It doesn’t take much for things to go sour in the fickle game of road transport, which is what Matty Winterfield of Mount Gambier based Winterfields Float Hire, experienced several years ago when two of his major clients went under in quick succession, both owing him a lot of money.
“We were in a lot of trouble and at the time I couldn’t see a way out so I started preparing to sell up and cut our losses,” says Matty. “I approached a good client who agreed to buy one of the combinations and organised for the other to be sold to someone else.
“As it happened, the good client paid us straight away for the gear then day-hired it back to us so we could continue to do their work for a couple of months. Meanwhile, the prospective buyer of the other truck and float eventually pulled out of the sale which meant we were able to keep operating that unit also.
“It was touch and go for a few months, but we managed to keep our heads above water and get back on our feet again, which I was really happy about because I love doing this sort of work,” recalls Matty.
One of the keys to the subsequent success of Winterfields Float Hire is diversity, with Matty describing the company’s mantra as ‘you name it, we haul it’. This includes everything from grape harvesters to rock crushing plants, wood-chippers, tree harvesters, dozers, earthmoving machinery and agricultural equipment.
“We have some really good clients around the Mount who are very loyal to us,” says Matty. “We do a fair bit of truck recovery work for the likes of Cummins, Daimler Trucks and O. G. Roberts, it’s probably easier to tell you who we don’t work for.”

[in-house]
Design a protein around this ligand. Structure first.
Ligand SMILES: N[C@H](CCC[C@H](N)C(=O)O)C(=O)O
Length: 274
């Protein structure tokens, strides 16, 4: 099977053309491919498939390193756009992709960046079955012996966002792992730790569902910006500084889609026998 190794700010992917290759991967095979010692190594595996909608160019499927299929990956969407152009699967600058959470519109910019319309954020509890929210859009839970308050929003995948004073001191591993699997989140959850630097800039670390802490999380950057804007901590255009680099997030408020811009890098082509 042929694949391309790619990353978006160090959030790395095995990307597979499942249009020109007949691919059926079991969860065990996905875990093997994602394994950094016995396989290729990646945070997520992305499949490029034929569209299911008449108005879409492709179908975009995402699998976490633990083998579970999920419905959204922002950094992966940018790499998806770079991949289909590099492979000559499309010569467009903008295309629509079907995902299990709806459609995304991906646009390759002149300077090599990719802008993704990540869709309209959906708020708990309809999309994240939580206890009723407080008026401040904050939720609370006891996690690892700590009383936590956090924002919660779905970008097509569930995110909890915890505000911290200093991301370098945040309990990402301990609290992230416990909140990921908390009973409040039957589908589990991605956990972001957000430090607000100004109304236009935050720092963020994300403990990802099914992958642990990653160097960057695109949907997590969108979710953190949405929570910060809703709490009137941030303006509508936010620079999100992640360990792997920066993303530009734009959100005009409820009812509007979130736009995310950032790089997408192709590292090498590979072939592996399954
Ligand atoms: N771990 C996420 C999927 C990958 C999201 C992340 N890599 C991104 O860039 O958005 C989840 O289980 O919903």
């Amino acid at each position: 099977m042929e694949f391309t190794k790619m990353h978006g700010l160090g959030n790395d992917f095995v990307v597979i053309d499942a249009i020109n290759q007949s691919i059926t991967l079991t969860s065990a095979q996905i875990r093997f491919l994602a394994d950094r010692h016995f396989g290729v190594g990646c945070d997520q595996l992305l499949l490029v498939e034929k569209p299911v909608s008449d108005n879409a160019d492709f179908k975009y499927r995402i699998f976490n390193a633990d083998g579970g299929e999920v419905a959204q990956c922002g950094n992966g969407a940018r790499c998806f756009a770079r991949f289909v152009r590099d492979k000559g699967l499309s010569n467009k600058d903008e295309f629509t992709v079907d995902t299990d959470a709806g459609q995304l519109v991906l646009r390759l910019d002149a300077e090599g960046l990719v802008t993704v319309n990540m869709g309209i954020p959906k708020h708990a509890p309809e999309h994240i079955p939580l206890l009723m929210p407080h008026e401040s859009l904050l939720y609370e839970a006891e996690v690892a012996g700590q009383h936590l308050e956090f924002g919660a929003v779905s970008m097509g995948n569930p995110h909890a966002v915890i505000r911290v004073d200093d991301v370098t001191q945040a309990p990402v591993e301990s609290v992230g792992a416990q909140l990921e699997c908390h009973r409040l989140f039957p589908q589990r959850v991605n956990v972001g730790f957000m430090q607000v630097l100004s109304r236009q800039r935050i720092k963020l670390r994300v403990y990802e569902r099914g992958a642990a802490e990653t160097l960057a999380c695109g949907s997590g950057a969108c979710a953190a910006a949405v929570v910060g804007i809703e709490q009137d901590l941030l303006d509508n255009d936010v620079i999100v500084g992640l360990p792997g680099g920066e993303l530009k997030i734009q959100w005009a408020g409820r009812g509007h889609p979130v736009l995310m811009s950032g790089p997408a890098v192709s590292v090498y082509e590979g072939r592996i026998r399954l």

Hybrid of a different kind
When you are in the fickle game of road transport and own a heavy haulage business, being able to quickly and efficiently adapt to a wide variety of haulage tasks is definitely the key to success. This is a prime reason Matty reckons the hybrid 4×4 float is the best thing since sliced bread.
So much so that this is actually his third hybrid steering widener, featuring a uniquely designed and engineered platform that Matty says combines the stability of a full widener with the manoeuvrability and reduced tyre wear, thanks to twin steerable BPW axles, of a deck widener.
According to Matty, after owning three of these revolutionary units there’s no way he’d go back to either a full widener or a deck widener, such is his belief in having the best features of both without the inherent drawbacks.
For example, the well-documented ‘Achilles Heel’ of full wideners is the excessive scrubbing of the tyres on turns when the unit is fully widened. However, the upside is that the wide track of the wheels provides ultimate stability of the trailer when carrying wide and heavy loads.
On the other hand, the deck widener has a standard wheel track width which means when the deck is widened, the outer extremities of the deck protrude well beyond the wheel track, making the unit much less stable compared with the full widener.
Enter the hybrid steering widener, a design that effectively negates the aforementioned drawbacks of each design by combining the positive attributes of both. In short, the best of both worlds.
The hybrid, for stability, has the forward two axles that widen with the deck as per a full widener, while the rear pair of axles remain fixed in deck widener fashion.
However, the real secret weapon with the rear tandem set is its steerability, with all four duals either self-tracking when travelling forwards or command-steerable when reversing into tight confines.